Ethical SHARING Honors Original Content
April 22, 2013
In response to a previous post, Kathy Loomis posed a question.
"Suppose the tutorial in question appeared not in a magazine but on somebody's blog. Do you also disapprove of people sharing that info?
If so, why?"*
For me, Kathy's question raises at least three issues:
To answer the question, I will briefly address each issue.
The first issue involves
Ethical sharing adheres to copyright law and respects ownership of original content. By this I mean that original content is owned by the author - and taking other people's property without permission is unethical. Information and images are property whether on the Internet, in a gallery, or in a studio. For example, while anyone can view content in a gallery, museum, or artist's studio, a visiting viewer would never take the property for themselves without asking. Just because the information and images are on the web (and easily copied) doesn't mean the author has given permission to viewers to copy and take it for their own use.
Ethical sharing of content from a blog requires permission from the author. So if you want to share the information, ASK first - or write your own original content (e.g. a review) and link to the original source.
Since 2012 Search engines began to devalue duplicate content. Google and other search engines are increasingly recognizing that duplicate content is cluttering search results and of diminished value to the users. Consequently, search algorithms devalue or even remove duplicate content.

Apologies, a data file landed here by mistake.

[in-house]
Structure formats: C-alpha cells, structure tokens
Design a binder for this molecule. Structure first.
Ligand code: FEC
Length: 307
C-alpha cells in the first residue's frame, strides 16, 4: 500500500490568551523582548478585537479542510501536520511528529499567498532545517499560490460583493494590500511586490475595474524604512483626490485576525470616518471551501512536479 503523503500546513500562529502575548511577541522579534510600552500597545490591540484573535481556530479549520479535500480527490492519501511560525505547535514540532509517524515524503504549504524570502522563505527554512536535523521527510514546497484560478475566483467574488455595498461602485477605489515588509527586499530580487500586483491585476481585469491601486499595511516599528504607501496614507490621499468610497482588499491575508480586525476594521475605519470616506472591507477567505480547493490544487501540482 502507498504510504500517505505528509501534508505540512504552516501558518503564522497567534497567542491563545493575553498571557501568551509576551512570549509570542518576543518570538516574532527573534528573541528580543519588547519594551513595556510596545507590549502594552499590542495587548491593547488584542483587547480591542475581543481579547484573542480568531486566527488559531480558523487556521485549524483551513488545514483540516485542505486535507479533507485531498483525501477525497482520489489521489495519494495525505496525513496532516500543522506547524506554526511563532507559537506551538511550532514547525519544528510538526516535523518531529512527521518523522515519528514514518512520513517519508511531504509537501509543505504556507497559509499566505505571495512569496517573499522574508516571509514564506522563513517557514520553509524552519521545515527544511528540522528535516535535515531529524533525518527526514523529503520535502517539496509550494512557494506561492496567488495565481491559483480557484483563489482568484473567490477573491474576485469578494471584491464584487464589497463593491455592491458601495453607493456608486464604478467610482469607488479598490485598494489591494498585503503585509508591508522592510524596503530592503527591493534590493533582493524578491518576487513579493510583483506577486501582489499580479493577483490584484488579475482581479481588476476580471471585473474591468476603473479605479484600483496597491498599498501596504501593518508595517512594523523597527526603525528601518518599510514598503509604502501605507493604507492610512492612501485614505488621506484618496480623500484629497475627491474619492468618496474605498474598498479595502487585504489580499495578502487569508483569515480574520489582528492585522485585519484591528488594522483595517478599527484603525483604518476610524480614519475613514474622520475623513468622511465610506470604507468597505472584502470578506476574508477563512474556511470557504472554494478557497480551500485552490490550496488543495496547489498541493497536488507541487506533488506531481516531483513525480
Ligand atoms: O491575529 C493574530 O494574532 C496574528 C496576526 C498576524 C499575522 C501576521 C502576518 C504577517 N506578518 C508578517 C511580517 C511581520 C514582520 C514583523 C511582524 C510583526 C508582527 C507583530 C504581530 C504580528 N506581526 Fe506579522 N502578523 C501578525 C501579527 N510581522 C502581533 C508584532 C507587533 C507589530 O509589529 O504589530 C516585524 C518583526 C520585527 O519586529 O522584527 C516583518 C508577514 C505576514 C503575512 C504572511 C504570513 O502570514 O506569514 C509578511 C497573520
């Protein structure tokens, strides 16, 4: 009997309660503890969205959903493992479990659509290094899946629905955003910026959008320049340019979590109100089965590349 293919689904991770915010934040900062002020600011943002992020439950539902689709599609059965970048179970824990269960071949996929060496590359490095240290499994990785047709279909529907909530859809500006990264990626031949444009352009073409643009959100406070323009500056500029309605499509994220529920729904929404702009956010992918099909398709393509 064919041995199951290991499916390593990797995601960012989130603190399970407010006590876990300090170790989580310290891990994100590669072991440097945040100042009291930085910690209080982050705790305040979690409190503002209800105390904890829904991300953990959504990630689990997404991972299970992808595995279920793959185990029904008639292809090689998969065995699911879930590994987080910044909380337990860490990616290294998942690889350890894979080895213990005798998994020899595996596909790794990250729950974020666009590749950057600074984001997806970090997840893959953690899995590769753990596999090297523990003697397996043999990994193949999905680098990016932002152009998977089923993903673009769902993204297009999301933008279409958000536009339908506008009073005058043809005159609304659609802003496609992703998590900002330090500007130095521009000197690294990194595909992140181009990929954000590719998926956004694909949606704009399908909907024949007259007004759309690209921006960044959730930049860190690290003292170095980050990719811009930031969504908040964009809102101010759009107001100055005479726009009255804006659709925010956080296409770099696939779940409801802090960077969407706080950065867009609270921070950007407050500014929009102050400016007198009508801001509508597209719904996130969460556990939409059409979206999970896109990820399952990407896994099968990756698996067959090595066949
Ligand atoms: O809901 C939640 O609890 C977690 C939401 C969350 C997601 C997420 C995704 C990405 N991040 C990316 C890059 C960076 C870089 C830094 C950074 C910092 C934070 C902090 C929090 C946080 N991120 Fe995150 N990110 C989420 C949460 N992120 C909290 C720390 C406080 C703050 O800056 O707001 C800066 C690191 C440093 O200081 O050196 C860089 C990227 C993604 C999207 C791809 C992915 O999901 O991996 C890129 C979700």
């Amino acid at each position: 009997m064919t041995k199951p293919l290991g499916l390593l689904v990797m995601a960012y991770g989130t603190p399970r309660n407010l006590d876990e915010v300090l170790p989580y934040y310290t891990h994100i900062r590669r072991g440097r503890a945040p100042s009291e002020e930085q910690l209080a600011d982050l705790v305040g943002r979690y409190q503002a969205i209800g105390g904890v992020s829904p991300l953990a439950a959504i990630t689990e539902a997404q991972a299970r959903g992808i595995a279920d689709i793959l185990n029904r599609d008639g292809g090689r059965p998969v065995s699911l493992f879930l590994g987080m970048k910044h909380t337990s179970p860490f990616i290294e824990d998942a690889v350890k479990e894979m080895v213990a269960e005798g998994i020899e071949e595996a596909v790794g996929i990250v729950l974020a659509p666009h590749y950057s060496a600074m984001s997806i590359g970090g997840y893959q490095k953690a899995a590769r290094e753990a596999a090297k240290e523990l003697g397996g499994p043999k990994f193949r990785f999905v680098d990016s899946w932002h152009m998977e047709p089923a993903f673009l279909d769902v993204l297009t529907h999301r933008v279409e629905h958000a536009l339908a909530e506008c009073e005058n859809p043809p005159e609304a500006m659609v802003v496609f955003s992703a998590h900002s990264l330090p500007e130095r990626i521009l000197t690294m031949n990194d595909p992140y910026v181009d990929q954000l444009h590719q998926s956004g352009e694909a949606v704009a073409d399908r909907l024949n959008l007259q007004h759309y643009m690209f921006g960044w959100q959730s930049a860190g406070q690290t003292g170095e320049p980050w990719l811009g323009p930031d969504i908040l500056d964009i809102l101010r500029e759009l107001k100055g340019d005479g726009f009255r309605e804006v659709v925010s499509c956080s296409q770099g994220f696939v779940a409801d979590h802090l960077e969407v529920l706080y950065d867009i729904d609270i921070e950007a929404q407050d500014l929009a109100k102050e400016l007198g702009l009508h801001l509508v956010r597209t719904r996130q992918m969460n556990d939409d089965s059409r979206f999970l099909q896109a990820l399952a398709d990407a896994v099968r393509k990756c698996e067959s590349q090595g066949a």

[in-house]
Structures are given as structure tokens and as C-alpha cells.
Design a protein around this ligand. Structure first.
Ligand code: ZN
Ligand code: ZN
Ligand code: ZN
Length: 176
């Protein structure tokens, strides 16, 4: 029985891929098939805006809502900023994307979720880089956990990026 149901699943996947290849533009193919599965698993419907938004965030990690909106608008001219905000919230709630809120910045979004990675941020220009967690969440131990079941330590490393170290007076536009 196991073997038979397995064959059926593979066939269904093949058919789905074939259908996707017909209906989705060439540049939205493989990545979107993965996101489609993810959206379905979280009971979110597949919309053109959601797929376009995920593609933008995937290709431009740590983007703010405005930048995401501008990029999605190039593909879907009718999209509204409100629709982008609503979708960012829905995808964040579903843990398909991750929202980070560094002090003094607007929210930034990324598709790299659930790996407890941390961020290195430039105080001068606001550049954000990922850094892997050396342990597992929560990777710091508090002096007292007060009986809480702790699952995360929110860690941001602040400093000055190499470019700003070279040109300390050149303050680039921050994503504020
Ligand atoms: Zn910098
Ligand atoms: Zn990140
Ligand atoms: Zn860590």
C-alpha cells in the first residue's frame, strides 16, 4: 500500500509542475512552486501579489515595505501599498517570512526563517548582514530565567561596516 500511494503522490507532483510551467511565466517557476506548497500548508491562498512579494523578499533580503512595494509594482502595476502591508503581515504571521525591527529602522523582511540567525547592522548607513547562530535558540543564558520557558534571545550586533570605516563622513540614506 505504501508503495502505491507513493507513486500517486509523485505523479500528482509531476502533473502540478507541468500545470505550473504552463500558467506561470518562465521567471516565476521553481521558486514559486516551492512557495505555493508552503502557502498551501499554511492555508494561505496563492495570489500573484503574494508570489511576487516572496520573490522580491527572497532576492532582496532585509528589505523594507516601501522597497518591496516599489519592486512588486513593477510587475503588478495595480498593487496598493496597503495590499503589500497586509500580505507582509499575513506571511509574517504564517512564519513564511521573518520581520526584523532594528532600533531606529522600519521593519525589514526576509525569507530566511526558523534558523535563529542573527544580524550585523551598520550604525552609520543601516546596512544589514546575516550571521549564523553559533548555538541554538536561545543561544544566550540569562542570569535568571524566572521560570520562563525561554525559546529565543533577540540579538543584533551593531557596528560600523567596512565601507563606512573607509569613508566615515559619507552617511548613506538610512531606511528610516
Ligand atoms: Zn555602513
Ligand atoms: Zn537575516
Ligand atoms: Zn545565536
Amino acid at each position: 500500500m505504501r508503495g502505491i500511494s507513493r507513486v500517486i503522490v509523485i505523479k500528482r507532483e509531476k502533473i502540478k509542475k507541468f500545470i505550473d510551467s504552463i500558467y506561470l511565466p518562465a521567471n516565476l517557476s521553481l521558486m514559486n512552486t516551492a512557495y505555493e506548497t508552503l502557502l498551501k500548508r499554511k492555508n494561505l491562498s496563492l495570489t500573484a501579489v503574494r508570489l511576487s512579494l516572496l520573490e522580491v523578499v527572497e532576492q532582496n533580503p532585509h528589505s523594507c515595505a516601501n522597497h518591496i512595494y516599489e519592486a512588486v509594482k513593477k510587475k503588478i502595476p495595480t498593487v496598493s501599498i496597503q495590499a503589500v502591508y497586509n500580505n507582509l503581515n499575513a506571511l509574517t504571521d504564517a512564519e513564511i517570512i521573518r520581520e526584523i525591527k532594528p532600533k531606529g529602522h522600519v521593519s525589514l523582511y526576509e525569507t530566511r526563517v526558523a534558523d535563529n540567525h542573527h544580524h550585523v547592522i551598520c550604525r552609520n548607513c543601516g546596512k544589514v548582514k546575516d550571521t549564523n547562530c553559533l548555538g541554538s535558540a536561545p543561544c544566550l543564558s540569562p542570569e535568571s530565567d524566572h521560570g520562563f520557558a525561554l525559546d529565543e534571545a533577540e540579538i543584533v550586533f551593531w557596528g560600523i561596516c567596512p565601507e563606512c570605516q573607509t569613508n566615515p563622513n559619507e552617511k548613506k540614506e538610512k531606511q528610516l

If content from "BLOG A" is copied and pasted in "BLOG B", this is duplicate content. This means that search engines will likely devalue BLOG B since the copied content has a later date. Or worse, both sites will be devalued.
Search engines might also remove the page or the web site from search results completely. A very big penalty. The future of the Internet is all about original content. More about this issue in future posts.
If you find information that you deem worth sharing ... write a review or write your own opinion about why this information is so interesting. Create your own original content and link to the original source.
The third issue looks at .
What is the motivation behind sharing?
Some people rationalize copying and sharing as a "service" to their community to help disseminate knowledge. I think this rationale is misguided and will undermine our communities in the long run. It is highly discouraging for original content creators when their property is copied and distributed without permission. Instead, our community should honor original content creators with appropriate recognition and respect by linking to and crediting the original author.
In very practical terms, why copy information that is already on the Internet? There is no need to duplicate information to facilitate sharing. The original blog is readily available, so link to it.
In contrast, the act of copying information and re-posting all or part of it as one's own content is behavior that I can not comprehend or rationalize at all.
Link to the original source instead of copying. Citing a quote with attribution and a link is also completely acceptable which generates recognition and traffic to the original source.
This practical, ethical, and legal action honors original content while providing the best search engine ranking for both your web site and the original author's.
The issue is NOT a prohibition on sharing of information.
THE ISSUE is about SHARING INFORMATION while honoring the original content in the most respectful, ethical, and legal manner by linking to the original source.
Harriete Estel Berman
*Kathy Loomis commented on the ASK Harriete post titled, "The Guild of Unauthorized Sharing". Read all the comments and responses by clicking here,